that attorneys should act to alter the law, and the legal system,
in an effort to expand legal protection of the poor. They are endorsing
the Cahn's suggestion that poverty lawyers should develop skills
other than those needed to simply serve the individual client's needs.
contrast to the tone of criticism since 1980, early debate was often
dominated by those who wanted OEO legal services to move away from
client, and toward cause, based litigation. Hannon, citing the Cahns,
suggests that the "distinction between kinds of cases lies at the
heart of the current (1969) contests for control of the legal services
offices" (Hannon 1969:237). The Cahns had cut to the heart of a debate
which continues over 30 years later.
Funding of LSC Activity
the LSC was formed, those opposed to cause oriented work began to
make their voices heard. Their criticisms often centered on federal
funding for impact litigation, especially when there was no clear
method for determining the ideological direction this newly embraced
impact litigation would take. Senator Orrin Hatch was a strong LSC
critic in the 1980's. The issue of federal funding was troublesome
to him, especially when combined with issues of impact litigation
and "anti-business" litigation. Hatch (1985) complained about using
taxpayer funds to sue taxpayers, the government itself, and corporations
on the behalf of special interest groups who may not care about the
needs of the poor. Similarly, Bennett and DiLorenzo write that "hundreds
of millions of taxpayers' dollars have been used to fund the political
goals of a determined group that has used the needs of the poor as
a pretext to obtain vast sums of money from the government" (1985:19).
They suggest that taxpayer dollars have been diverted to elect candidates,
defeat or support litigation, to finance lobbying, and a number of
other activities. McCalpin refers to LSC activity as "the greatest
political fraud ever perpetuated" (1990:84) as he discusses the spending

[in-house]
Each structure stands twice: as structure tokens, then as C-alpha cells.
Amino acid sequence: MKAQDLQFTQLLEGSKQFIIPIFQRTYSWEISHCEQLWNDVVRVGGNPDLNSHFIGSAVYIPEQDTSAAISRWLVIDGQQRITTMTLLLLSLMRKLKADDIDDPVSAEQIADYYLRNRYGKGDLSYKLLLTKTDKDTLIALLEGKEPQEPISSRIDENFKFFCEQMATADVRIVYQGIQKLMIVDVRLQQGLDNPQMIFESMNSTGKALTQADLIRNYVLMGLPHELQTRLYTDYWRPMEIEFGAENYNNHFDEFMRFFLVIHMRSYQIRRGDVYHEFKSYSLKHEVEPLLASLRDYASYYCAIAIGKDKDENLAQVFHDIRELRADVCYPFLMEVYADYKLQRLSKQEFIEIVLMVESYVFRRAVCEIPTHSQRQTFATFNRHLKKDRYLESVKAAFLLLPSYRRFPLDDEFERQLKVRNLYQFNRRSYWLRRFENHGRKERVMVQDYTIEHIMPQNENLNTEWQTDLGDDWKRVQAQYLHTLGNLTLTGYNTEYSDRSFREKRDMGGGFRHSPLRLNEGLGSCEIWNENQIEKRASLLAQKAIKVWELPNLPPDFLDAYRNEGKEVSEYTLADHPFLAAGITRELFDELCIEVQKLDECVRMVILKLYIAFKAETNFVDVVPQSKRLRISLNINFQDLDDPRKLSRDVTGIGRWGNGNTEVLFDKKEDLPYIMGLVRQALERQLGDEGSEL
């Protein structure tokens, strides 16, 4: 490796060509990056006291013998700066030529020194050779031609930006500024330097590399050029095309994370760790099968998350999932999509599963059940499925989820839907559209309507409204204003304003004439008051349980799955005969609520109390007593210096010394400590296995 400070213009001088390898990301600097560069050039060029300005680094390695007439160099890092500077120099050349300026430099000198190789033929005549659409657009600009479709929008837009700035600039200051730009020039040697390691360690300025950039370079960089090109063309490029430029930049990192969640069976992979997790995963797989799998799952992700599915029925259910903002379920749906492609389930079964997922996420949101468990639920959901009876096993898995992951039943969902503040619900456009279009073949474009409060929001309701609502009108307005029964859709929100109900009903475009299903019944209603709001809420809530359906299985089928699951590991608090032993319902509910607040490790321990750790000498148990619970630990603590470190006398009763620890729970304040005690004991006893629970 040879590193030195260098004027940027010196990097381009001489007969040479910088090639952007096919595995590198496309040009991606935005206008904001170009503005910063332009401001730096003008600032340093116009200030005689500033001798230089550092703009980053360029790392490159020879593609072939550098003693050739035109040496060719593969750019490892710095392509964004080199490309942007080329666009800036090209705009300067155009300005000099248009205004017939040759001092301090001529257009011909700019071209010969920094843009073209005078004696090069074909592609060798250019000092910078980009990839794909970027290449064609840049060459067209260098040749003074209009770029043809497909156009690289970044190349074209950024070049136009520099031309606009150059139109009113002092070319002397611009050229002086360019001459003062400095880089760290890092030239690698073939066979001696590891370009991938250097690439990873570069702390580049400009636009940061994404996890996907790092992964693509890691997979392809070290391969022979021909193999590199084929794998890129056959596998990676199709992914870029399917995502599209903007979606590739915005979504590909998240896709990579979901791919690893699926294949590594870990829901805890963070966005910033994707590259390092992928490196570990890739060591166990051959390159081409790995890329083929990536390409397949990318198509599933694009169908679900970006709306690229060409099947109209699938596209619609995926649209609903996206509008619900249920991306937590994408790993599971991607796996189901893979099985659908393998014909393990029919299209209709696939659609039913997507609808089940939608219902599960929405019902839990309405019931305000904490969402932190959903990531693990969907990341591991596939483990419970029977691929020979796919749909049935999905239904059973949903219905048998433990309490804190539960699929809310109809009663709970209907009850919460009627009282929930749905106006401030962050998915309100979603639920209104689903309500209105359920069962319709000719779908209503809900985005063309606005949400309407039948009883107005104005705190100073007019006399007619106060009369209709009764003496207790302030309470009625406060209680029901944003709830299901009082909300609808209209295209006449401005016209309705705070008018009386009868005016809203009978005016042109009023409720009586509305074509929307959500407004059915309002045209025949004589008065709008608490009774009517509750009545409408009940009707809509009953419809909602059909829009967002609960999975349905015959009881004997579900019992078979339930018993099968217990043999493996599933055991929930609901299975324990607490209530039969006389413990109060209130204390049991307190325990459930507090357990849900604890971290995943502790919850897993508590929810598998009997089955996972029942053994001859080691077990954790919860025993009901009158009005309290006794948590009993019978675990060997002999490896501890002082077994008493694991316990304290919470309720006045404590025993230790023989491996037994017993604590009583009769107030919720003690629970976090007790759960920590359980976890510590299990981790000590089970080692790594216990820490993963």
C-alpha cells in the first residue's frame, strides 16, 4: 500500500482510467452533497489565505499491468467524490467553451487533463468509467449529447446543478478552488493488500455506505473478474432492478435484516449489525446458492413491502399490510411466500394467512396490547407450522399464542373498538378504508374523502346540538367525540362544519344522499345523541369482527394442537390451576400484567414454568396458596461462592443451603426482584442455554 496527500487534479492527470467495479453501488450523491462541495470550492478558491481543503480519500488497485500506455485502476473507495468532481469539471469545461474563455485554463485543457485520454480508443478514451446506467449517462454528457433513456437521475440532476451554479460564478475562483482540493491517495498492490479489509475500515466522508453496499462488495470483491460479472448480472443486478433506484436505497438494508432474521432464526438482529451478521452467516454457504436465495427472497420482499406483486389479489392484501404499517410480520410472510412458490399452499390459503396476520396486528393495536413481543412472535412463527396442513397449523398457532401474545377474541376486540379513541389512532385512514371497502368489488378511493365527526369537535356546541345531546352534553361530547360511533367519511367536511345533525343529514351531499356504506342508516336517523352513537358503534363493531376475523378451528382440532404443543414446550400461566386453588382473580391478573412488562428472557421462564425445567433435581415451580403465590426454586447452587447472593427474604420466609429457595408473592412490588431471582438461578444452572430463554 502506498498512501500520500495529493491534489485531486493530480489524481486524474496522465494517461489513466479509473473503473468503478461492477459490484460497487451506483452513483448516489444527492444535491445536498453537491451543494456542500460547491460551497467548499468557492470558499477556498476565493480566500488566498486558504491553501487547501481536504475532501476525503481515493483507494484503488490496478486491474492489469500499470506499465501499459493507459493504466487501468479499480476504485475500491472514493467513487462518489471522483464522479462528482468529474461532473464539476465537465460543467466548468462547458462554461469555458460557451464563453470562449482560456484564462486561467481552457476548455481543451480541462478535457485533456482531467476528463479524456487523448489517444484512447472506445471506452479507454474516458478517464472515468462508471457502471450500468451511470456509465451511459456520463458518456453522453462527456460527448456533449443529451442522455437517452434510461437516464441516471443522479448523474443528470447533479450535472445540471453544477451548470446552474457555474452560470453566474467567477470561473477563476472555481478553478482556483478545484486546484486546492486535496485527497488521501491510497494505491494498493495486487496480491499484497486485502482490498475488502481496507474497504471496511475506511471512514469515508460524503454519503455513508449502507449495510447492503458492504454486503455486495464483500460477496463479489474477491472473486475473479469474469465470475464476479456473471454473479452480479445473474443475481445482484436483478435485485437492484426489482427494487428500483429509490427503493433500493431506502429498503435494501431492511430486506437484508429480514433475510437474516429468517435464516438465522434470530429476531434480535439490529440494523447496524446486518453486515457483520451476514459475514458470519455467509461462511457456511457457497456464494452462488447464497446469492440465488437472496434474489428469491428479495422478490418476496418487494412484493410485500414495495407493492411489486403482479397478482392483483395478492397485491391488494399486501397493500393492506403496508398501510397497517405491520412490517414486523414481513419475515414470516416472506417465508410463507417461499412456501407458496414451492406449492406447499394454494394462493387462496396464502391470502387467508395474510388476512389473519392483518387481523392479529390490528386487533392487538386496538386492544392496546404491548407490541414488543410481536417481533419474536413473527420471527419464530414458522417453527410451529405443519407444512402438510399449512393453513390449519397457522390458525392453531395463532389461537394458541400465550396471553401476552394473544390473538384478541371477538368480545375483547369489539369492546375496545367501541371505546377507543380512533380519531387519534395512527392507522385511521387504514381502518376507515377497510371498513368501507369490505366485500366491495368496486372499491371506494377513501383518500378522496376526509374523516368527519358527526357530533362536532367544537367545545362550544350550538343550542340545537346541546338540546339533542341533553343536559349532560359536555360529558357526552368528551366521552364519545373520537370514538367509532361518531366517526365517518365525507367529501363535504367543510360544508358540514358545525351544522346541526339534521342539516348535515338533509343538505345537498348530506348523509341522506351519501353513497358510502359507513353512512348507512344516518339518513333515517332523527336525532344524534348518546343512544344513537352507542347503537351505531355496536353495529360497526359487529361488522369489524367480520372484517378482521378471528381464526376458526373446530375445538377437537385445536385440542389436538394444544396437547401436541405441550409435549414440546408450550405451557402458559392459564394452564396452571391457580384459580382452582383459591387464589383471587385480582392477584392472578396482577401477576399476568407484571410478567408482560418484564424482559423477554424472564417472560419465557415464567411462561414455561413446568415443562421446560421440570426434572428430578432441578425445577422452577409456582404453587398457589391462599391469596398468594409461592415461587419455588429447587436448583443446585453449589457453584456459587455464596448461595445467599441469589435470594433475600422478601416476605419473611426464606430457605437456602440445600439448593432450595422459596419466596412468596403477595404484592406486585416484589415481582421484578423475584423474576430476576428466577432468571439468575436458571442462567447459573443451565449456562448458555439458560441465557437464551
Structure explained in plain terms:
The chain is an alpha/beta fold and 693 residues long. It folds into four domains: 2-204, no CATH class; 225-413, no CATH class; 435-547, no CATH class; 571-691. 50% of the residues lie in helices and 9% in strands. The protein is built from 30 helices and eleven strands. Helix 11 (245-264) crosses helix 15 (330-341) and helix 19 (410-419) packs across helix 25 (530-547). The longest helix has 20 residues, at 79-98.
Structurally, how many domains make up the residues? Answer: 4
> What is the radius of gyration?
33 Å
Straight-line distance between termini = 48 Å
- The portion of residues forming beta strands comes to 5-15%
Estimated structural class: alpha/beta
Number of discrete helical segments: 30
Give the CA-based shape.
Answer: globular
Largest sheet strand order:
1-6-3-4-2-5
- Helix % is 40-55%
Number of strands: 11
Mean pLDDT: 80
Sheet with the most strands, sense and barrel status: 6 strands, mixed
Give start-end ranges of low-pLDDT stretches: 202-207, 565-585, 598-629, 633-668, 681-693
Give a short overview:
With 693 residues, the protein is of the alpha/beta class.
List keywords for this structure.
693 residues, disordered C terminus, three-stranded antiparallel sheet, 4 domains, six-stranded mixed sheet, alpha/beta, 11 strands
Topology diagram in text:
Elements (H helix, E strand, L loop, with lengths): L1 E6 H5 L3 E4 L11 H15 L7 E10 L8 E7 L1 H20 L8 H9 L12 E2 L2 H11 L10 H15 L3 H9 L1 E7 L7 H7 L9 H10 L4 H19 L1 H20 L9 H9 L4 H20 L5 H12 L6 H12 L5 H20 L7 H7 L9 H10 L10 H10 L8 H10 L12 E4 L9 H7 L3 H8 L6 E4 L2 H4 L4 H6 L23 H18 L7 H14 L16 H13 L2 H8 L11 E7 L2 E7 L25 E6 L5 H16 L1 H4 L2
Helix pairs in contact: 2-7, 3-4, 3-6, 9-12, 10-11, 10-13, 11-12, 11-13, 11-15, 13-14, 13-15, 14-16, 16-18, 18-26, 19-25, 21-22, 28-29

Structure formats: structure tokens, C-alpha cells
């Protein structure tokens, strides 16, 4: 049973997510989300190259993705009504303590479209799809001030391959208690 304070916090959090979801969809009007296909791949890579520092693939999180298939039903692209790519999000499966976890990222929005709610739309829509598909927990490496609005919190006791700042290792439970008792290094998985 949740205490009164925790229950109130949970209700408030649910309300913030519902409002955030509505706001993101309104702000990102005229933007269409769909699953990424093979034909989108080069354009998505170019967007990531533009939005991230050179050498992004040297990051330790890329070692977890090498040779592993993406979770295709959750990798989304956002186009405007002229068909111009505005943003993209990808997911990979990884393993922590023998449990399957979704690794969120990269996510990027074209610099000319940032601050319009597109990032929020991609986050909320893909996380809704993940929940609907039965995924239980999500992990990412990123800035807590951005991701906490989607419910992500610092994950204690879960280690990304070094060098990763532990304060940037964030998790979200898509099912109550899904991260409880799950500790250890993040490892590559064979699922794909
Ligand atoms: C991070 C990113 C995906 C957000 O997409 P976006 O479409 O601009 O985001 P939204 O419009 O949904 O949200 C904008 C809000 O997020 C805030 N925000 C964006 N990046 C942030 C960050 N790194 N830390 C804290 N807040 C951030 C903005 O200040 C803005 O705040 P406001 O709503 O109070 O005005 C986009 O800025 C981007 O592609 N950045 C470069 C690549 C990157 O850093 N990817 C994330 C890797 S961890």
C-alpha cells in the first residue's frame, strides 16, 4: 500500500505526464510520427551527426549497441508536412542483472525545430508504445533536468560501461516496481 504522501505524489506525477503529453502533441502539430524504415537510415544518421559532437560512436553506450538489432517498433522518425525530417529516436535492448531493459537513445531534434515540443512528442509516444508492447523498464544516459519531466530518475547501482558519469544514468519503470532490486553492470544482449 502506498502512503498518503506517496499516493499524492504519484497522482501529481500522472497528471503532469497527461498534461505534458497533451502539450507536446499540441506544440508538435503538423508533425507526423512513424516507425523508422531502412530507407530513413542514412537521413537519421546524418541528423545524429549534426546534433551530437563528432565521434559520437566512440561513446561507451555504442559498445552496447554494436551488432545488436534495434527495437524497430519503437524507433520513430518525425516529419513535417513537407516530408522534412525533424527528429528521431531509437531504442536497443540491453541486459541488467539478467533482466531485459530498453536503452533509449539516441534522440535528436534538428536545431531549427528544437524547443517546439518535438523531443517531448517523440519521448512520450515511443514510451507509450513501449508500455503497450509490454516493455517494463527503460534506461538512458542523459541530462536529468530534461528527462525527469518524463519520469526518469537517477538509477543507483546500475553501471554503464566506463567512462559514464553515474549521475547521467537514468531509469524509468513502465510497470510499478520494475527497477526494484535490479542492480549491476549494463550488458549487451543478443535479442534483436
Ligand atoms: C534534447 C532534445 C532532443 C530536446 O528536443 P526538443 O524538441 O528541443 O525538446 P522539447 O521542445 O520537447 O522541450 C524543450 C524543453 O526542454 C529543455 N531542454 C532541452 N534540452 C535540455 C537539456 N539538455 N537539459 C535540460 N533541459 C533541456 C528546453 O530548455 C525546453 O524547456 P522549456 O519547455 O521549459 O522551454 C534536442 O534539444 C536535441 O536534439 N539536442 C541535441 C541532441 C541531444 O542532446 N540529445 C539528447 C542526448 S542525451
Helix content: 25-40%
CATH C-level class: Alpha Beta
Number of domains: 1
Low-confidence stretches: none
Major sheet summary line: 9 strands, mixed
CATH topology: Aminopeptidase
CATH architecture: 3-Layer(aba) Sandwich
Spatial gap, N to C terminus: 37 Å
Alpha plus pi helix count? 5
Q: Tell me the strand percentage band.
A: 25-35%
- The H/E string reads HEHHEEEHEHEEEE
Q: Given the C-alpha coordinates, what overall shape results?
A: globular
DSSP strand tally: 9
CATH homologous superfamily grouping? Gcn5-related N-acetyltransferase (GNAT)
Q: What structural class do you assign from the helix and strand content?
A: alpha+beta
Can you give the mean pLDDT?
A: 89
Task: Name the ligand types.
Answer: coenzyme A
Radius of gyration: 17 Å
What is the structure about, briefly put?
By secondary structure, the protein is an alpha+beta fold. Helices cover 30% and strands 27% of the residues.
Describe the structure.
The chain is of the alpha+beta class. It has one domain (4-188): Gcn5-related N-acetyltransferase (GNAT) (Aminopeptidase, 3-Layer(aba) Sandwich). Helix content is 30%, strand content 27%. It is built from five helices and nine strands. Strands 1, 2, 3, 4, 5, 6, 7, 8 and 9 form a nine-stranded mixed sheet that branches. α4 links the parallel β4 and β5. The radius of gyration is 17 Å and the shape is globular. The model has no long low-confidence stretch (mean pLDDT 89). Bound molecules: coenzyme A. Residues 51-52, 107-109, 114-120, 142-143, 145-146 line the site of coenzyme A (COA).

of federal money in pursuit of political goals that do not correspond
with the needs of the poor. Isaac writes that the LSC "is a giant
laundering operation that converts federal into private dollars" (1997:44).
of these statements was made by individuals with an ideological perspective
which is in conflict with perspectives they presume exists in the
LSC. The fact that these statements are made in forums such as The
National Review, and publications of the CATO Institute and The American
Enterprise Institute, may motivate the reader to discount their merits.
This may be a mistake in light of the long running political nature
of the debate over legal services to the poor. Each side claims that
the other is ignoring facts in the pursuit of goals. While there
may be truth to this assertion, there is no doubt that these beliefs
have had a significant impact on funding and activity in the LSC
funded law office.
Activities of the LSC
(1988) discusses LSC efforts which he believes are intended to promote
governmental control over private sector decisions as well as government
takeover of private enterprise. For example, Isaac (1997) writes
of farmers who, she believes, are faced with extortion threats posed
by the LSC. The farmers are forced to create certain working conditions,
or face potential lawsuits brought by workers. OEO funded litigation,
directed toward California farmers, brought the anti-business issue
to the attention of then Governor Ronald Reagan (Weinstein, 1995).
President Reagan, and Republicans who have followed, strongly endorse
the idea that LSC activities are harmful in a free enterprise system.
For example, a Republican Policy Committee statement informs Senate